We surveyed 319 financial quantitative analysts to learn what personality traits and interests make them unique. Here are the results.


Holland Codes

Financial quantitative analysts are investigative and conventional

Financial quantitative analysts tend to be predominantly investigative individuals, which means that they are quite inquisitive and curious people that often like to spend time alone with their thoughts. They also tend to be conventional, meaning that they are usually detail-oriented and organized, and like working in a structured environment.

If you are one or both of these archetypes, you may be well suited to be a financial quantitative analyst. However, if you are realistic, this is probably not a good career for you. Unsure of where you fit in? Take the career test now.

Here’s how the Holland codes of the average financial quantitative analyst break down:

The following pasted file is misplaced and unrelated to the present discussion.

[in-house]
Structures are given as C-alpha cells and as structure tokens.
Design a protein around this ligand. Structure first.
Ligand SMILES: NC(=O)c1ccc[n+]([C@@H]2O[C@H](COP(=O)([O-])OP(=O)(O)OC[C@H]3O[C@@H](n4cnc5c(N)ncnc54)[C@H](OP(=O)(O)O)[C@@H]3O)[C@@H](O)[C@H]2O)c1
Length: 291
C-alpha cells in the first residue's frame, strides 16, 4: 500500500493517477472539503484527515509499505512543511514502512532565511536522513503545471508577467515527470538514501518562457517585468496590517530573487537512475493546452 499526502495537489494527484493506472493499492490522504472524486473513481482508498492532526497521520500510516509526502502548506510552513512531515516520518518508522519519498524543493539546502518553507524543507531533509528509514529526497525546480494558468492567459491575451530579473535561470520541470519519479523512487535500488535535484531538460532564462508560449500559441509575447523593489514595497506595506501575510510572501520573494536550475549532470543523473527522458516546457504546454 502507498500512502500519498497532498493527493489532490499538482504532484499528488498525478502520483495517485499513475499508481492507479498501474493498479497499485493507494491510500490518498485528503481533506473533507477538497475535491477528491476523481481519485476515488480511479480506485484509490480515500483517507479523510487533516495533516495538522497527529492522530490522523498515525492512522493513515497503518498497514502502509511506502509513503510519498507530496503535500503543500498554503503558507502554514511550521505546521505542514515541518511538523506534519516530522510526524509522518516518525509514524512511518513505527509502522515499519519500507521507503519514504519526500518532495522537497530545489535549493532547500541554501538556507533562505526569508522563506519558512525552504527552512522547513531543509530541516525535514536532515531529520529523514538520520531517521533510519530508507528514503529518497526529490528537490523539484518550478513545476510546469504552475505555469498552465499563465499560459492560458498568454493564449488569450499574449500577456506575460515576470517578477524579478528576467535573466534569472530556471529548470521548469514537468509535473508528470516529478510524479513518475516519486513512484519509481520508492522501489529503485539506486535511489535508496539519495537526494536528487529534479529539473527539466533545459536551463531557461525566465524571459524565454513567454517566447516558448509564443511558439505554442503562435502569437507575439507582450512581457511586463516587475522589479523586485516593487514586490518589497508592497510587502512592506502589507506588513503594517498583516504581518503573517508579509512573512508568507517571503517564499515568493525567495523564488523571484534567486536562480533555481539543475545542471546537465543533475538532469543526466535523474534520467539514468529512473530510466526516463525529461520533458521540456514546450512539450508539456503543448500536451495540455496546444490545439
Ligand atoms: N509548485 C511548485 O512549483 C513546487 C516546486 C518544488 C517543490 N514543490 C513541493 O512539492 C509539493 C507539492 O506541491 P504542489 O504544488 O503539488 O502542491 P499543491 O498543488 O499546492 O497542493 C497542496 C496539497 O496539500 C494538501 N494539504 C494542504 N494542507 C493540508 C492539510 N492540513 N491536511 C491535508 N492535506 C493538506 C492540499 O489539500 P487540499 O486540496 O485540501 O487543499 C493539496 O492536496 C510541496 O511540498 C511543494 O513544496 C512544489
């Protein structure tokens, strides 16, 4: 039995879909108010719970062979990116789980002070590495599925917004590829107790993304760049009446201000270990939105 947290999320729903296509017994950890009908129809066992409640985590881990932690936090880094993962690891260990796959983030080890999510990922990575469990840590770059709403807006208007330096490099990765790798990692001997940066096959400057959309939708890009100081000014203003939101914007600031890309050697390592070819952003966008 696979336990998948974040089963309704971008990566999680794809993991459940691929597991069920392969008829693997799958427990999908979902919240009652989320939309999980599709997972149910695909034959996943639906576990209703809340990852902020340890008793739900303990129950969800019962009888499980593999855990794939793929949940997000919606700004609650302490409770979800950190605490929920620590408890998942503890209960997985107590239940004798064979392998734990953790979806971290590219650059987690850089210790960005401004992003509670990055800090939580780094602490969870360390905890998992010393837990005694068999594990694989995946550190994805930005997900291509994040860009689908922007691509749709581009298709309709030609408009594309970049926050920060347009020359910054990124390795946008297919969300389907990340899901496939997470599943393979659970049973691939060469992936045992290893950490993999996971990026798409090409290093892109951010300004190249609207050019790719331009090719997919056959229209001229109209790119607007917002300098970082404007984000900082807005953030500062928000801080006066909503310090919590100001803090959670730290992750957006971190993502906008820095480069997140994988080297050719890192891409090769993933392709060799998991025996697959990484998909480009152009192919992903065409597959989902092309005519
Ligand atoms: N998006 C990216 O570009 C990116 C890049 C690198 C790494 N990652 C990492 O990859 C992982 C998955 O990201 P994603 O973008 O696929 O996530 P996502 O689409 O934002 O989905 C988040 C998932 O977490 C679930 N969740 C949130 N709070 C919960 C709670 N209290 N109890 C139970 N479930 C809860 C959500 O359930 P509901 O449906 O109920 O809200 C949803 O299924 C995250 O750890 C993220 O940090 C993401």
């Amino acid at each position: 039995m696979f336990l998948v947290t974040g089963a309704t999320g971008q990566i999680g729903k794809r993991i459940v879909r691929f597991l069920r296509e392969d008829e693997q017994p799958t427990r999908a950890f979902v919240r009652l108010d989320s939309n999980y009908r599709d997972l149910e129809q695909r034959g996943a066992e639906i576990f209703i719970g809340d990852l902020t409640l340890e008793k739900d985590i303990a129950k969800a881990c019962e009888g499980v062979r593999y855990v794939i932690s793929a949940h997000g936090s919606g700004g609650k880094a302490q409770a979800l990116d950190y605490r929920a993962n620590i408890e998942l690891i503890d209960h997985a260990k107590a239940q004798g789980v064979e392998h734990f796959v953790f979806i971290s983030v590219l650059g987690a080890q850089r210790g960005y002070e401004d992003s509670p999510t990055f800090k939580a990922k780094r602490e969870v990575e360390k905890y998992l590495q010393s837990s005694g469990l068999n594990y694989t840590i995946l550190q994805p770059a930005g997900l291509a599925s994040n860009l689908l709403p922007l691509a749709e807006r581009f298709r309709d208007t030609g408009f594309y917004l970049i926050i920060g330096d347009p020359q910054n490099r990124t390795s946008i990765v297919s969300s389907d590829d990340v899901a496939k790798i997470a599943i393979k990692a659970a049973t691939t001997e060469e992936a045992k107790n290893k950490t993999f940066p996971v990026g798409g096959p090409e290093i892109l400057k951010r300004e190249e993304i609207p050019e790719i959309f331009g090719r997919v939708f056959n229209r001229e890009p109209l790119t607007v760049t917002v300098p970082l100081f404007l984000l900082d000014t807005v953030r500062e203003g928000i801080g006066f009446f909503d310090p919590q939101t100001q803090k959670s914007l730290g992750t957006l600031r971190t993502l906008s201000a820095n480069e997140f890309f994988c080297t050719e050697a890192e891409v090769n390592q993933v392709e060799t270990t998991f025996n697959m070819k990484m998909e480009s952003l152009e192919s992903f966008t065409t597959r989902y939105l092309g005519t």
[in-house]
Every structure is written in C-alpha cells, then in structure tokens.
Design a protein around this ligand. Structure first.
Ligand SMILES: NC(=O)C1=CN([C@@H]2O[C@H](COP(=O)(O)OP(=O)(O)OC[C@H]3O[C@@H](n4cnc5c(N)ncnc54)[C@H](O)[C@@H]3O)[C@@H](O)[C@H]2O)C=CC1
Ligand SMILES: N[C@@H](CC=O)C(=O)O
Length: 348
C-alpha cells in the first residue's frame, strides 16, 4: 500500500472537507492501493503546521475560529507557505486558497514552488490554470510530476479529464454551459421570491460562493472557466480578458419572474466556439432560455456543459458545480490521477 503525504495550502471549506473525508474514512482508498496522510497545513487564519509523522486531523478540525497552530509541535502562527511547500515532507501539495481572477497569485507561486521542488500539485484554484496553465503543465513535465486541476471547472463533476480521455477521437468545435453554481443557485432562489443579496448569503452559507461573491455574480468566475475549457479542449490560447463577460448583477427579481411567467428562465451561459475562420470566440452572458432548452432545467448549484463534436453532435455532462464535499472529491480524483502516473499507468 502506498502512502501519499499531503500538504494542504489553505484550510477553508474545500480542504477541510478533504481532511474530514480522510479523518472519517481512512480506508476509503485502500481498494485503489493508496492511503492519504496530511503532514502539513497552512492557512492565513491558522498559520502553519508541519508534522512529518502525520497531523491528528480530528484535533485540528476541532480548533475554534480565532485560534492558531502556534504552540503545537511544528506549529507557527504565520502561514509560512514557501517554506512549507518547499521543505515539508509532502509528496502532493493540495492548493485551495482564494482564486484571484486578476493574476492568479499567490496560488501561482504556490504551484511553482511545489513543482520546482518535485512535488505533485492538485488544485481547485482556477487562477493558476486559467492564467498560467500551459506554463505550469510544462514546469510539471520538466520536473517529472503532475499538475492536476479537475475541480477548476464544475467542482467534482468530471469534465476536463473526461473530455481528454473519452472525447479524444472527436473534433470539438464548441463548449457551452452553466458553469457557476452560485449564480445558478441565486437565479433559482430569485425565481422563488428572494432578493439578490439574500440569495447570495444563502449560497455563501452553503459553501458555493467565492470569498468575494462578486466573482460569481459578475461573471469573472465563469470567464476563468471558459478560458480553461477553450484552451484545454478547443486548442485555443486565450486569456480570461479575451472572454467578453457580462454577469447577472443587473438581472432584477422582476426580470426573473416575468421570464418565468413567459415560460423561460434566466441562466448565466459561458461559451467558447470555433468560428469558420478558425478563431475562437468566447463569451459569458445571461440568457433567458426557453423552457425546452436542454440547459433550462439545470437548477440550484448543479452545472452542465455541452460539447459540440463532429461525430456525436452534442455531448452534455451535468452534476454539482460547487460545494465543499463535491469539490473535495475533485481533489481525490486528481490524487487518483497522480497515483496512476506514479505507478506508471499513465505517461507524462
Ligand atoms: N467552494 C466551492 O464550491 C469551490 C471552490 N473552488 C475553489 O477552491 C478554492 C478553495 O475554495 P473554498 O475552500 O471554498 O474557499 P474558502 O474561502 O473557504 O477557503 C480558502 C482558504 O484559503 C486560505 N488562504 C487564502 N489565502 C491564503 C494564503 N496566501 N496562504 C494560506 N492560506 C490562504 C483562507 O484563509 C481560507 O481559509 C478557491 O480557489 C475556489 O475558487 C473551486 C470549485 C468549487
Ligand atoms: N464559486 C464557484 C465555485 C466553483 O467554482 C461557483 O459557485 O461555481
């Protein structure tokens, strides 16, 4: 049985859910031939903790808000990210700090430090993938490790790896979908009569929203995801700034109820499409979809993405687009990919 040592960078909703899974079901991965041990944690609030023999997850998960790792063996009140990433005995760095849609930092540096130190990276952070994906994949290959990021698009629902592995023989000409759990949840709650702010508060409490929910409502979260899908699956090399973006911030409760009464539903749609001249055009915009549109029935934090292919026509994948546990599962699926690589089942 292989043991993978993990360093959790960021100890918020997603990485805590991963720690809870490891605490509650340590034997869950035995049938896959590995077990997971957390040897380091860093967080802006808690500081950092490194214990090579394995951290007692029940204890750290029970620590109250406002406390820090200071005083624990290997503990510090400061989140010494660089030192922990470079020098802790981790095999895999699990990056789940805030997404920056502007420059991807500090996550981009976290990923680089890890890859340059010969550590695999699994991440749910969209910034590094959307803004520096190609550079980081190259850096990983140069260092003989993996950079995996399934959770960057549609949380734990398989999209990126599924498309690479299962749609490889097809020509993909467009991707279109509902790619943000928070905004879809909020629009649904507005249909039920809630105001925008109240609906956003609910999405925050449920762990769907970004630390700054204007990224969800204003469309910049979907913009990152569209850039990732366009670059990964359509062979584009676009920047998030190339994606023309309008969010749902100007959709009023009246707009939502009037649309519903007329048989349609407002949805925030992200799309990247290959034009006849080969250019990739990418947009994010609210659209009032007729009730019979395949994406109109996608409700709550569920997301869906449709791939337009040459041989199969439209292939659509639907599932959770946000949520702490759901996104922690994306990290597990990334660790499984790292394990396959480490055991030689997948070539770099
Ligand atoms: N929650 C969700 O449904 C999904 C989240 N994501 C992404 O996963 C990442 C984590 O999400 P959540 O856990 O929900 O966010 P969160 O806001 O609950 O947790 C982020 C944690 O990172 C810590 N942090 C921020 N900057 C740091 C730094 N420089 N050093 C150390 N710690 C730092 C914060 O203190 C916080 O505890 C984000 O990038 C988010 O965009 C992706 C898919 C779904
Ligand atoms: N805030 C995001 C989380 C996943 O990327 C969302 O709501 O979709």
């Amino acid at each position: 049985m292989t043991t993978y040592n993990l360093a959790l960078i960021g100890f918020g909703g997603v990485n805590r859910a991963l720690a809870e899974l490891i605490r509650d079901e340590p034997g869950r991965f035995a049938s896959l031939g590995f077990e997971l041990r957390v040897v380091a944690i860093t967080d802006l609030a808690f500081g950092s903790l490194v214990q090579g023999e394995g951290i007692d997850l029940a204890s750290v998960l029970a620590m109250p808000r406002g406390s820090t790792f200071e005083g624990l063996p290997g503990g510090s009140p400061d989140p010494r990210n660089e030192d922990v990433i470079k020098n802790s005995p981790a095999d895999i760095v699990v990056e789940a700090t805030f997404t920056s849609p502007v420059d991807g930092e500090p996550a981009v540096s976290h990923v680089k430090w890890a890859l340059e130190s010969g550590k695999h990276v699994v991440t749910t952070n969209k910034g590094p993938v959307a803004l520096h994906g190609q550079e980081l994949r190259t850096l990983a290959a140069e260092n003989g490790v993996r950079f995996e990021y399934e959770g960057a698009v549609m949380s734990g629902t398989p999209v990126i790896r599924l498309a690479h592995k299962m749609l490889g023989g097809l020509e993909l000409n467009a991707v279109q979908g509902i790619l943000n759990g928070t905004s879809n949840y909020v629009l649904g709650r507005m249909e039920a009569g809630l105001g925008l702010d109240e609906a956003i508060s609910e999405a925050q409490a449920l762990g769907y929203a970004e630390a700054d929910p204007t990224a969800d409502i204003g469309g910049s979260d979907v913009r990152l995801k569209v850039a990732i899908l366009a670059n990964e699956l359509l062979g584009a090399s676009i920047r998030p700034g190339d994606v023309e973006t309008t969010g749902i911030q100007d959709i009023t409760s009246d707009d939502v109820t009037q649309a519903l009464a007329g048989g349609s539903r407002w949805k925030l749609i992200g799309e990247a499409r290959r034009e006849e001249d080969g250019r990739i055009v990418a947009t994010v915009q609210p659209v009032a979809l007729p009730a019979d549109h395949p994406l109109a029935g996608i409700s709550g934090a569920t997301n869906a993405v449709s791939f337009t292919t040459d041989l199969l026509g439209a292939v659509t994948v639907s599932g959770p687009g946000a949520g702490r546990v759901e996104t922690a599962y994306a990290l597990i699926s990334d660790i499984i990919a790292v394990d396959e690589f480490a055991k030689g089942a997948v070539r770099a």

Big Five

The top personality traits of financial quantitative analysts are conscientiousness and extraversion

Financial quantitative analysts score highly on conscientiousness, which means that they are methodical, reliable, and generally plan out things in advance. They also tend to be high on the measure of extraversion, meaning that they rely on external stimuli to be happy, such as people or exciting surroundings.

Once again, let’s break down the components of the personality of an average financial quantitative analyst: